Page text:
milky way
The Milky Way resembles a flat, somewhat warped disc, and holds our solar system in a curved arm full of dust and gas. Image Credit: Unsplash/Graham Holtshausen

Every star you see in the night sky belongs to the Milky Way – our home galaxy, and just one of trillions of galaxies in the universe.

Click start to play today’s Crossword, where you can spot the Milky Way in one of the clues.

Astronomers estimate that our spiral, star-spangled galaxy is about 13.6 billion years old. Here are some more facts about the Milky Way that are strange, wonderful and awe-inspiring:

1. The Milky Way is mostly flat

The Milky Way is about 100,000 light-years across, but only about 1,000 light-years thick. It resembles a flat, somewhat warped disc, and holds our solar system in a curved arm full of dust and gas. It’s fortunate our planet’s location is about 26,000 light-years away from the galaxy’s core, which is always turbulent and features an enormous black hole.

2. Earth is 18 years old

In galactic terms, Earth is just 18 years old. Even though our solar system travels through interstellar space at a dizzying speed of 804,672km/h, it takes Earth about 250 million years to travel once around the Milky Way. Since our planet is about 4.5 billion years old, it’s been in this exact spot several times. In fact, the last time it was here, the continents on Earth were not in the same place they are today, and dinosaurs were just starting to explore the planet, according to a January 2018 report in National Geographic.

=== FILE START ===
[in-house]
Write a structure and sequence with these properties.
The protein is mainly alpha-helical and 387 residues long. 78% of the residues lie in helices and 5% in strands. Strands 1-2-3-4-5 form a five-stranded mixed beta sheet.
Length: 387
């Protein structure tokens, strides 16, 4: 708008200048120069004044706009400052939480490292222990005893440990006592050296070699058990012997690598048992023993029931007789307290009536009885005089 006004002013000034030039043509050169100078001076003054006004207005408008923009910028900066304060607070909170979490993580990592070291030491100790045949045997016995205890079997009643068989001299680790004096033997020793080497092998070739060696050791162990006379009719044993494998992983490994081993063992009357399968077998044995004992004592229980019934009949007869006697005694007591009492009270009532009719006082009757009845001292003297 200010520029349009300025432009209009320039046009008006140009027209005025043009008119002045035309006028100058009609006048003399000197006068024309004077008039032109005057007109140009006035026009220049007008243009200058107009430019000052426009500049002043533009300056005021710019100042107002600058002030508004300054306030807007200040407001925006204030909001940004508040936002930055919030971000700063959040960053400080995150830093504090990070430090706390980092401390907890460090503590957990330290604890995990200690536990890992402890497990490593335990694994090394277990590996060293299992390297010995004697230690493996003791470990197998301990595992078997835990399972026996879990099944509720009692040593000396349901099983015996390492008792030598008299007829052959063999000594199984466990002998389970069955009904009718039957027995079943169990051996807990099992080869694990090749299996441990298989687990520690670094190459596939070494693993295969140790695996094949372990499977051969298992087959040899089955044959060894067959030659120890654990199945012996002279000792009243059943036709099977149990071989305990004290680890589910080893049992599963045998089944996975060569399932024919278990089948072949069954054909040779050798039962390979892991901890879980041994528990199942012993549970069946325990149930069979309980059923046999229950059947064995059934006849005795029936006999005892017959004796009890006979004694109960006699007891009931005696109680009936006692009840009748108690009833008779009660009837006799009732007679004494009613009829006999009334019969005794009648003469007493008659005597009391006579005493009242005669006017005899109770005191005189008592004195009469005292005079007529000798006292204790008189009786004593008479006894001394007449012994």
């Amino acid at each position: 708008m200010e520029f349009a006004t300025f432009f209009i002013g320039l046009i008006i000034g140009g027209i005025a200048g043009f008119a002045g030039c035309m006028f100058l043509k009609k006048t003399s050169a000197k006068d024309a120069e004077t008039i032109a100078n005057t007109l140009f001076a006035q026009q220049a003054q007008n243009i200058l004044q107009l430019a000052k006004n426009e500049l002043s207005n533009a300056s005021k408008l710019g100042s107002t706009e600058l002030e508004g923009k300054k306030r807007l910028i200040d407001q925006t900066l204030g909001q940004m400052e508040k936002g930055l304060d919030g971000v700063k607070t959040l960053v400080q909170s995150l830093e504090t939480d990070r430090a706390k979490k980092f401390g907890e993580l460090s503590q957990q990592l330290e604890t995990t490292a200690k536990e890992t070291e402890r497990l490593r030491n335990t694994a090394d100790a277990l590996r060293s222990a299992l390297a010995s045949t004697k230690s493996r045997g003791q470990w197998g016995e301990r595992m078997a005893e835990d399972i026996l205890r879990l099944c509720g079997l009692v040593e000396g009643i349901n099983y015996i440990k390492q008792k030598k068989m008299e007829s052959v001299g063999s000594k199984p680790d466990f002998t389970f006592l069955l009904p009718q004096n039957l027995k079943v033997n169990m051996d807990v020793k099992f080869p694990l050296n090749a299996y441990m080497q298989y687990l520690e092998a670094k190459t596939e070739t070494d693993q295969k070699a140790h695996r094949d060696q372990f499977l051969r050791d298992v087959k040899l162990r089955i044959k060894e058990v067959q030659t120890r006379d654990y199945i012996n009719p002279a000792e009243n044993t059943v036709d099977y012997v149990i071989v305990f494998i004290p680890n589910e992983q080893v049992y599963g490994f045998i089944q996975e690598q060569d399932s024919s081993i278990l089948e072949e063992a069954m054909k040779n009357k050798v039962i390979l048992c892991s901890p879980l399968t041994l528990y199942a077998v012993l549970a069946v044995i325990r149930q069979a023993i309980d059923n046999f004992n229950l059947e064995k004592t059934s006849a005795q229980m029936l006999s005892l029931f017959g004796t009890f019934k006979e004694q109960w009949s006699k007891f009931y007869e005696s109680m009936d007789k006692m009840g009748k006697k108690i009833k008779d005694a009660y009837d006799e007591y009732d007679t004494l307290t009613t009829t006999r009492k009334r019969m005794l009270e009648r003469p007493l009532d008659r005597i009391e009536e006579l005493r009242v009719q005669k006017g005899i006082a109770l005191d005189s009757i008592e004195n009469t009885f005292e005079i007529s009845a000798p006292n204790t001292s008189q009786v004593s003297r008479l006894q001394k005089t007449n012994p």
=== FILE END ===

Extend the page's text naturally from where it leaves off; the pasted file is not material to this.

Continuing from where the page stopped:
3. There’s a massive black hole in the middle of the galaxy

This image released Wednesday, April 10, 2019, by Event Horizon Telescope shows a black hole. Image Credit: AP

It’s not just massive, it’s considered to be ‘supermassive’. Called Sagittarius A*, the black hole at the centre of the Milky Way weighs more than 4 million times the mass of the sun. At just 26,000 light-years from Earth, it’s one of the few black holes in the universe that scientists can actually monitor and study consistently. This black hole is the centre of our galaxy, and everything in the Milky Way, including our solar system, orbits Sagittarius A*. For a long time, it was difficult to observe the black hole, since it’s shrouded by a thick screen of dust. But in May 2022, the Event Horizon Telescope captured a striking image of the behemoth, allowing the world to view it clearly for the first time.

4. The Milky Way is an island

Picture an island in a river – the Milky Way acts like one, except that it’s in a stream of stars. However, any stars that come too close are promptly swallowed up by the Milky Way. Scientists have found over 24 fain streamers of stars at the fringes of our galaxy, which indicate remnants of past galaxies. These wispy trails formed when the Milky Way’s powerful galaxy ripped apart smaller dwarf galaxies, leaving behind glittering debris. Some of these streamers have been given Aboriginal names, and others, near the Indus constellation, have received the names of Indian rivers, like Jhelum, Chenab and Ravi.

5. We have ancient neighbours

Our galaxy is surrounded by more than 150 ancient clusters of stars – some of them are considered to be among the oldest in the universe. Known as globular clusters, these incredibly old stars live in the Milky Way’s halo – dark matter that surrounds the galaxy – and orbit the galactic centre. Each of these clusters is home to thousands of stars!

Have you observed the Milky Way on a dark night? Play today’s Crossword and tell us at